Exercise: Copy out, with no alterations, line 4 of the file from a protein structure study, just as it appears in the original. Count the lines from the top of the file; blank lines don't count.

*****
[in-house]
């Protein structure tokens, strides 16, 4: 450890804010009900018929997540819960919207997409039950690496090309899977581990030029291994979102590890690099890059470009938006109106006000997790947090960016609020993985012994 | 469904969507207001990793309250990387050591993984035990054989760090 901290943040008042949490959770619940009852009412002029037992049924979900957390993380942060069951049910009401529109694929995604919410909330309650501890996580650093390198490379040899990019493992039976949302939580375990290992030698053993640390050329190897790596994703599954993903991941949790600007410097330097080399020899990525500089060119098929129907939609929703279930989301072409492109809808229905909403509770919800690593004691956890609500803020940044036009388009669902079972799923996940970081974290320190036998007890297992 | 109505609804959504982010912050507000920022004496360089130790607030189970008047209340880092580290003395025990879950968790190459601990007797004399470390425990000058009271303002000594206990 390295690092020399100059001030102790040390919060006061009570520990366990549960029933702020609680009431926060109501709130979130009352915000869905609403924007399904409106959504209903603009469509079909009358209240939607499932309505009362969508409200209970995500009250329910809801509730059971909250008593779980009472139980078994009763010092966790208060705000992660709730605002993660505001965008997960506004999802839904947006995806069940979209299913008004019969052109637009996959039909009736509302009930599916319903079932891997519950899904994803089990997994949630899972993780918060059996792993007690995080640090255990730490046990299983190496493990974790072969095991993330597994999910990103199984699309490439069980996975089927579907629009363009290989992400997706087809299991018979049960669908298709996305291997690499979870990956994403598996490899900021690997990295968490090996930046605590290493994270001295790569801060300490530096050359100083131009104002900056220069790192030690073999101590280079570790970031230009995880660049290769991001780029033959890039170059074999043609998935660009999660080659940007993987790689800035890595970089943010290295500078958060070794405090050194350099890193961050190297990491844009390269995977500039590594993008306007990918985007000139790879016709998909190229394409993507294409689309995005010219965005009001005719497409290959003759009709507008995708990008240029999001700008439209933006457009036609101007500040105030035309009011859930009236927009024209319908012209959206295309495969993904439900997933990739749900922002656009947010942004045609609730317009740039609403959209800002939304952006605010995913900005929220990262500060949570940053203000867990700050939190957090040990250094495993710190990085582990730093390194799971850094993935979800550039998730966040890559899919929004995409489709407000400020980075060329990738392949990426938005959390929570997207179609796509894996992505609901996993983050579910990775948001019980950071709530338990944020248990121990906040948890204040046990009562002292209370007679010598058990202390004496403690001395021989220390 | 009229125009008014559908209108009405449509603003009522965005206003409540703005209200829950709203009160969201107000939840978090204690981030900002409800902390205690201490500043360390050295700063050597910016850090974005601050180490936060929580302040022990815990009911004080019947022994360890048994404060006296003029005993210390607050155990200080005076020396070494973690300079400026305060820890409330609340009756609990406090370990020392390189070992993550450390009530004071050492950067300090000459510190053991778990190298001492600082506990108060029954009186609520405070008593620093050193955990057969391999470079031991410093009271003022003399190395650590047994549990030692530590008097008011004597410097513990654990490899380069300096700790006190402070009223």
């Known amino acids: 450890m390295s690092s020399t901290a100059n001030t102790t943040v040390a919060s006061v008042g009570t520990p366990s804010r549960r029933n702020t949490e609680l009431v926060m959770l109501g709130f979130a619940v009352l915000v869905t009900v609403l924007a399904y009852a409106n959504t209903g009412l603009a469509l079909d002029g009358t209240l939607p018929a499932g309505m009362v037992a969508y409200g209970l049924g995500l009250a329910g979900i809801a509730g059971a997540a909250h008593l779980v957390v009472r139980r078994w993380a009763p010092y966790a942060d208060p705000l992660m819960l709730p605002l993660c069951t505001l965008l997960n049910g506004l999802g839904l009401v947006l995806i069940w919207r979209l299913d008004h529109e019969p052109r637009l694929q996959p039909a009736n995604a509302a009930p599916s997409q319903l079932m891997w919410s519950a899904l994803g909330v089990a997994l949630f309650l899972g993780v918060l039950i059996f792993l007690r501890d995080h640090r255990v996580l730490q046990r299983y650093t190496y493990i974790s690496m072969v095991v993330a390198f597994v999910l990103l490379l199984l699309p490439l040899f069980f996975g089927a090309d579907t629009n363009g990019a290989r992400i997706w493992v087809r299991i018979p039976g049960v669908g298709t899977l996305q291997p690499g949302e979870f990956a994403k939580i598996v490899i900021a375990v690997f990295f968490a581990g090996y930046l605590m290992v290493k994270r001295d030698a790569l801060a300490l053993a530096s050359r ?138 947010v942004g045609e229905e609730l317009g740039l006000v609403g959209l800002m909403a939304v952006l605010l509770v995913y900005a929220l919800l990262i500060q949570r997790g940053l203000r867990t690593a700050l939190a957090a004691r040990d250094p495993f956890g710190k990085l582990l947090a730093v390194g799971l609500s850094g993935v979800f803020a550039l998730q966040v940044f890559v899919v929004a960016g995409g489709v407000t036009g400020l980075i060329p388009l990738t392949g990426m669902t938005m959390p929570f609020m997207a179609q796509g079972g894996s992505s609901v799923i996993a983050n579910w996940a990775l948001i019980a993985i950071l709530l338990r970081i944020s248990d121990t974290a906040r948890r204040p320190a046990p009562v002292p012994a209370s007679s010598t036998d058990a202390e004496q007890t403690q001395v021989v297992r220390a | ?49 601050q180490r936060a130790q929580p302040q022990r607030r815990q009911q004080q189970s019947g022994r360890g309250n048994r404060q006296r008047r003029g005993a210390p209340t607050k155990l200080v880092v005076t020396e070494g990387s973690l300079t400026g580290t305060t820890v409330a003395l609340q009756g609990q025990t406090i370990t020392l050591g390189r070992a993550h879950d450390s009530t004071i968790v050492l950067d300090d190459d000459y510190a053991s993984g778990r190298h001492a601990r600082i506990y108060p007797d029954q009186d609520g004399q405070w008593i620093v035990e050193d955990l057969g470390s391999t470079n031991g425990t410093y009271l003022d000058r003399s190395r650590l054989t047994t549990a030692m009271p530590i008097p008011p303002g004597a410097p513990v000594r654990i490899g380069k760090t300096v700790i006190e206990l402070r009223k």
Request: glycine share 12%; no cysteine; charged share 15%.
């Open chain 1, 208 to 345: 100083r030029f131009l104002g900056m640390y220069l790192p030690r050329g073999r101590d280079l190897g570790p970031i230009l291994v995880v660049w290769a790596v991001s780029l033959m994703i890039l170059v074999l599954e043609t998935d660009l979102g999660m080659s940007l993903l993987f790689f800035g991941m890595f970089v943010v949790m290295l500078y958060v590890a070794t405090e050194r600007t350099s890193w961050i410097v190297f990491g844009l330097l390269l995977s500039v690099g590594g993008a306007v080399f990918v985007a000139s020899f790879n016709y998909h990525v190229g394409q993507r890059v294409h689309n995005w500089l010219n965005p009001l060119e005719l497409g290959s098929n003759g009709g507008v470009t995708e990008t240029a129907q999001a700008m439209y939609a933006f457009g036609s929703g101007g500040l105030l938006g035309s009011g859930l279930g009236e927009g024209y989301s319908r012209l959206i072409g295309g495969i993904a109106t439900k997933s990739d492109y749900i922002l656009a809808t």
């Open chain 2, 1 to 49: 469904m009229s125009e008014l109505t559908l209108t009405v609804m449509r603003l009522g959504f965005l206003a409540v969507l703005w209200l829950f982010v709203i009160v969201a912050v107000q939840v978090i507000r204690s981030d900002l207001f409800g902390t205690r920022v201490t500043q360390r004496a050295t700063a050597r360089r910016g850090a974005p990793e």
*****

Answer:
Request: glycine share 12%; no cysteine; charged share 15%.